There are some general translation principles which are relevant to all types of translation.
1) Meaning :
The translation should reflect accurately the meaning of the original text. Nothing should be arbitrarily added or removed, though occsionally part of the meaning can be transposed.
2) Form :
The ordering of words and ideas in the translation should match the original as closely as possible. This is particularly important in translating legal documents, guarantees, contracts, etc. But differnces in language structure often require changes in the form and order of words. When in doubt, underline in the original text the words on which the main stress falls.
3) Register :
Languages often differ greatly in their levels of formality in a given context, for exapmle, the business letter. To resolve these differences, the translator must distinguish between formal or fixed expressions and personal expressions, in which the writer or speaker sets the tone.
4) Source language influence :
One of the most frequent criticism of translation is that it does not sound natural. This is because the translator's thoughts and choice of words are too strongly moulded by the original text. A good way of shaking off the source language influence is to set the text aside and translate a few sentences aloud, from memory. This will suggest natural patterns of thought in the first language, which may not come to mind when the eye is fixed on the source language text.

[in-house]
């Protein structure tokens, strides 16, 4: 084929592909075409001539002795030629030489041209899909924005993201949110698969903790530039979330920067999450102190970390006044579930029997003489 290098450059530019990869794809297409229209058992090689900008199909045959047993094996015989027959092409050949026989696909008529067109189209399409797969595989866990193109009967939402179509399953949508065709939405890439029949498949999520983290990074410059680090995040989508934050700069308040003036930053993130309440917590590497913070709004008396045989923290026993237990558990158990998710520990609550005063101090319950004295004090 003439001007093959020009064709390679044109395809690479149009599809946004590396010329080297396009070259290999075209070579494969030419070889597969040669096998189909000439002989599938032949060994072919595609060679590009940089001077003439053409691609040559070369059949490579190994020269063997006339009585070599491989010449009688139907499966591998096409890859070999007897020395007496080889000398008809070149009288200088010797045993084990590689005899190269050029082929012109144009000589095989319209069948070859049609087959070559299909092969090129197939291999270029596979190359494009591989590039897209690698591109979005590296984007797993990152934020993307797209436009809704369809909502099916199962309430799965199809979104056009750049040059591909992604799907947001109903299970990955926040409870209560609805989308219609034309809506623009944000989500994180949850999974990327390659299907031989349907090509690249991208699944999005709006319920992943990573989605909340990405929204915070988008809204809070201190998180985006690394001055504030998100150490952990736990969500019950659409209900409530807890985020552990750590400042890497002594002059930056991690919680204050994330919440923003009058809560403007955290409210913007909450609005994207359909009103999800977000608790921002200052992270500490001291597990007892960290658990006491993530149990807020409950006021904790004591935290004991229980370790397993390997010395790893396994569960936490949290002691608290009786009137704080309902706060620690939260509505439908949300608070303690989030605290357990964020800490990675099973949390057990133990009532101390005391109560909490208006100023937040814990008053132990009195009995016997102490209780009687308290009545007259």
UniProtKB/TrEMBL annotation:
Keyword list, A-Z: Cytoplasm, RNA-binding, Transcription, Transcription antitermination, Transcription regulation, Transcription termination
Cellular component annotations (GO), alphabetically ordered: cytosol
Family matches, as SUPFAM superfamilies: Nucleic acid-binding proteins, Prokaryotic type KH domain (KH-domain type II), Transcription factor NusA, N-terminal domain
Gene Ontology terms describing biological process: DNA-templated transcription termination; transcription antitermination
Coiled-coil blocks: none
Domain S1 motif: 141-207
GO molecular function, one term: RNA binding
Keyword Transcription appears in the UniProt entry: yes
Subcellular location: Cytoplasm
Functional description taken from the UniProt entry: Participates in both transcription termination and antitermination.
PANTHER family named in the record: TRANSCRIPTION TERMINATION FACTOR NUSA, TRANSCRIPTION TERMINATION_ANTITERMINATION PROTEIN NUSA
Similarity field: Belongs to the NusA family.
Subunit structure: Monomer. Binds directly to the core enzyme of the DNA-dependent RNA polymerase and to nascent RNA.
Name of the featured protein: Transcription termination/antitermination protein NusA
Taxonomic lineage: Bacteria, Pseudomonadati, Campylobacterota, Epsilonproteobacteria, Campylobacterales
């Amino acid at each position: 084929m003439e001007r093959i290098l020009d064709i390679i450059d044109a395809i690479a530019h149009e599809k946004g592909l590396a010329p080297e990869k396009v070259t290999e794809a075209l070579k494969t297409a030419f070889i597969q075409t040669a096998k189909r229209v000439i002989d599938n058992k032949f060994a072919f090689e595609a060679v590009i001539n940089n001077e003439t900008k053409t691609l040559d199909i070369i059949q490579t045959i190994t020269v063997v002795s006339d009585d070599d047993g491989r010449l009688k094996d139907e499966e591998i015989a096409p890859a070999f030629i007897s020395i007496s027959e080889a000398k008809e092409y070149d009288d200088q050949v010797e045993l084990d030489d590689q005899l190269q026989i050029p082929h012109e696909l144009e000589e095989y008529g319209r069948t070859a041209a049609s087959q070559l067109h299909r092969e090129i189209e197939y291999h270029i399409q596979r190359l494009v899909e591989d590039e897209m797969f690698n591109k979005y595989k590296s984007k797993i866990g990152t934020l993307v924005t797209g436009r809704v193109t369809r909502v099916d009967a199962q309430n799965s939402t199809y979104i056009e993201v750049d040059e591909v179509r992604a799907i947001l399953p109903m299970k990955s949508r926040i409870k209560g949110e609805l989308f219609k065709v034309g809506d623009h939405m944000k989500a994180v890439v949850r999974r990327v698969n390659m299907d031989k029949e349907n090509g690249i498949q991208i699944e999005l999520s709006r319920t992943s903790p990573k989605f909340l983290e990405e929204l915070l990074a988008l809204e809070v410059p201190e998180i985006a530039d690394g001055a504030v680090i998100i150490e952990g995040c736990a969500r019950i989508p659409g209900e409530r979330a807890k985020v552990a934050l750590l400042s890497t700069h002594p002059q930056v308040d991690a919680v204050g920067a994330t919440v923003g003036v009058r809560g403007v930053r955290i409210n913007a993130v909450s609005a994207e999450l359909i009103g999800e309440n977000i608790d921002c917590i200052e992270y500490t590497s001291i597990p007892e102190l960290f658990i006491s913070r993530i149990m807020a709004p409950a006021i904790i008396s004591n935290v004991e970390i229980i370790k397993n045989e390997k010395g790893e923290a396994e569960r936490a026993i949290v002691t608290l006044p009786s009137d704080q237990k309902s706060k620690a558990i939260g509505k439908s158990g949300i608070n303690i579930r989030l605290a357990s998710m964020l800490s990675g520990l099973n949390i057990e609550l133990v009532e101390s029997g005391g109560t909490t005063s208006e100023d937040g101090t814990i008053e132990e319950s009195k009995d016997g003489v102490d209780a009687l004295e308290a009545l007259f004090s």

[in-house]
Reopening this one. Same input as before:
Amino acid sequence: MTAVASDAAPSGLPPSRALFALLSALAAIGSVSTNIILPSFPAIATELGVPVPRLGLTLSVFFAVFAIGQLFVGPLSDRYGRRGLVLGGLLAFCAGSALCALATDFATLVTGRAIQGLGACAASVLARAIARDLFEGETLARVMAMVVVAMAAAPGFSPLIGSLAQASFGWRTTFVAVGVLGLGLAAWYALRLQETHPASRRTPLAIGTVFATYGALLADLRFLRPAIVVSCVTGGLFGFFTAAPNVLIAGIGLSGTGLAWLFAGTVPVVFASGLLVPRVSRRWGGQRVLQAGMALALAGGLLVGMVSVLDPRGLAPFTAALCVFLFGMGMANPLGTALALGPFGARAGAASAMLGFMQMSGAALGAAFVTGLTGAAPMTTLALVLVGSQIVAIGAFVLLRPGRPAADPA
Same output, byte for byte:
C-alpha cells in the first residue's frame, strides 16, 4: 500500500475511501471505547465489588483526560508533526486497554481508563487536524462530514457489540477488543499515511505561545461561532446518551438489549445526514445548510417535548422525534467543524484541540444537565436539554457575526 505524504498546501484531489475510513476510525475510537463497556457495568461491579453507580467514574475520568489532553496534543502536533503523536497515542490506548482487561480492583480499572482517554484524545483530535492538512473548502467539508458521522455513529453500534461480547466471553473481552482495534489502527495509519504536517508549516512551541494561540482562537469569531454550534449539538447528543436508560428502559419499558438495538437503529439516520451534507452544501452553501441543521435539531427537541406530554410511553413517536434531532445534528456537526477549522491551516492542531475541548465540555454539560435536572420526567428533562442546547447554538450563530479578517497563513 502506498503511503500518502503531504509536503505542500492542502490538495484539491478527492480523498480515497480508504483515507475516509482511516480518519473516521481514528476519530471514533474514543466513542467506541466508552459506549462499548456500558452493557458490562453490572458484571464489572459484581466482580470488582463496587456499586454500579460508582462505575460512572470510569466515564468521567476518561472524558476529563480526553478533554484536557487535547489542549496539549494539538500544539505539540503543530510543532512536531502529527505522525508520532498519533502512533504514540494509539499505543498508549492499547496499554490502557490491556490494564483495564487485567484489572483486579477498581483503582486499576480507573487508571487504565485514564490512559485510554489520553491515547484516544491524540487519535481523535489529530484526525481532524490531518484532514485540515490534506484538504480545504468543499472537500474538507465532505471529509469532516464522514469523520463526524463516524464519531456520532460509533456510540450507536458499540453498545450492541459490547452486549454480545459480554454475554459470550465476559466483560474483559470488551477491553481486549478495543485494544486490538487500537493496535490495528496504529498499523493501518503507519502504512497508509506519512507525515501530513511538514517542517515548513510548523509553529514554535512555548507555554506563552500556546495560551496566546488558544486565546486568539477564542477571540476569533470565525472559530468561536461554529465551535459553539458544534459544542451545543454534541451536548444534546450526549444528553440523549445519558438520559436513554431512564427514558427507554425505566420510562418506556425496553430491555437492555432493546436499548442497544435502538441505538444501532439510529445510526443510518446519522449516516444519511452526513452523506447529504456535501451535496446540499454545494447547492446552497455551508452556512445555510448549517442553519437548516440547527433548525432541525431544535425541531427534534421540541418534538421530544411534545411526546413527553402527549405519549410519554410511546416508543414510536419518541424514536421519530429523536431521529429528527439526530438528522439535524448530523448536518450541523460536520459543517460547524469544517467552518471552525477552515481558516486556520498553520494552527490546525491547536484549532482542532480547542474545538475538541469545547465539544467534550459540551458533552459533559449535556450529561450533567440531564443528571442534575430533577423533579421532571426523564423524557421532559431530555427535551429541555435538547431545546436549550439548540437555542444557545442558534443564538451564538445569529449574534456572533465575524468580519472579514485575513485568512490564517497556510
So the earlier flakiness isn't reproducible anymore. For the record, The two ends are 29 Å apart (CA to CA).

5) Style and clarity :
The translator should not change the style of the original. But if the text is sloppily written, or full of tedious repetitions, the translator may, for the reader's sake, correct the defects.
6) Idiom :
Idiomatic expressions are notoriously untranslatable. These include similes, metaphors, proverbs and sayings, jargon, slang, and colloquialisms and ( in English ) phrasal verbs. If the expressions cannot be directly translated, try any of the following :
a. retain the original word, in inverted commas.
b. retain the original expression, with a literal explanation in brackets.
c. use a close equivalent.
d. use a non-idiomatic or plain prose translation.
The golden rule is : if the idiom does not work in the L1, do not force it into the translation.
N.B. ( The principles outlined above are adapted from Frederick Fuller: The Translator's Handbook.) with small changes.
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